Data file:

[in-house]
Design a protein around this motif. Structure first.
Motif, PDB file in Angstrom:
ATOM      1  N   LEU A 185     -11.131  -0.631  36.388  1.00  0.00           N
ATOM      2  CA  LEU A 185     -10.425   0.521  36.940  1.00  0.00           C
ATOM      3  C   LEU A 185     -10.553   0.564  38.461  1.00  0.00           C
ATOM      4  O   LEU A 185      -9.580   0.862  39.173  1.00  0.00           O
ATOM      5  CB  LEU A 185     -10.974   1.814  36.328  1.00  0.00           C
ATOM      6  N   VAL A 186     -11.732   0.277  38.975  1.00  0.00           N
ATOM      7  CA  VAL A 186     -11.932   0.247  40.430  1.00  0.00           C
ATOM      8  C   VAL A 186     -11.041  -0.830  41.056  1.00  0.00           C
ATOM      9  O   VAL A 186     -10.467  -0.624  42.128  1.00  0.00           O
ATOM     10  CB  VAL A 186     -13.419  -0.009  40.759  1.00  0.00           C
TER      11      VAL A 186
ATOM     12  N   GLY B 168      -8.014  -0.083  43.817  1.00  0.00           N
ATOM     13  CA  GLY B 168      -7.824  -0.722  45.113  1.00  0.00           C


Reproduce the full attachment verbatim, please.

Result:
[in-house]
Design a protein around this motif. Structure first.
Motif, PDB file in Angstrom:
ATOM      1  N   LEU A 185     -11.131  -0.631  36.388  1.00  0.00           N
ATOM      2  CA  LEU A 185     -10.425   0.521  36.940  1.00  0.00           C
ATOM      3  C   LEU A 185     -10.553   0.564  38.461  1.00  0.00           C
ATOM      4  O   LEU A 185      -9.580   0.862  39.173  1.00  0.00           O
ATOM      5  CB  LEU A 185     -10.974   1.814  36.328  1.00  0.00           C
ATOM      6  N   VAL A 186     -11.732   0.277  38.975  1.00  0.00           N
ATOM      7  CA  VAL A 186     -11.932   0.247  40.430  1.00  0.00           C
ATOM      8  C   VAL A 186     -11.041  -0.830  41.056  1.00  0.00           C
ATOM      9  O   VAL A 186     -10.467  -0.624  42.128  1.00  0.00           O
ATOM     10  CB  VAL A 186     -13.419  -0.009  40.759  1.00  0.00           C
TER      11      VAL A 186
ATOM     12  N   GLY B 168      -8.014  -0.083  43.817  1.00  0.00           N
ATOM     13  CA  GLY B 168      -7.824  -0.722  45.113  1.00  0.00           C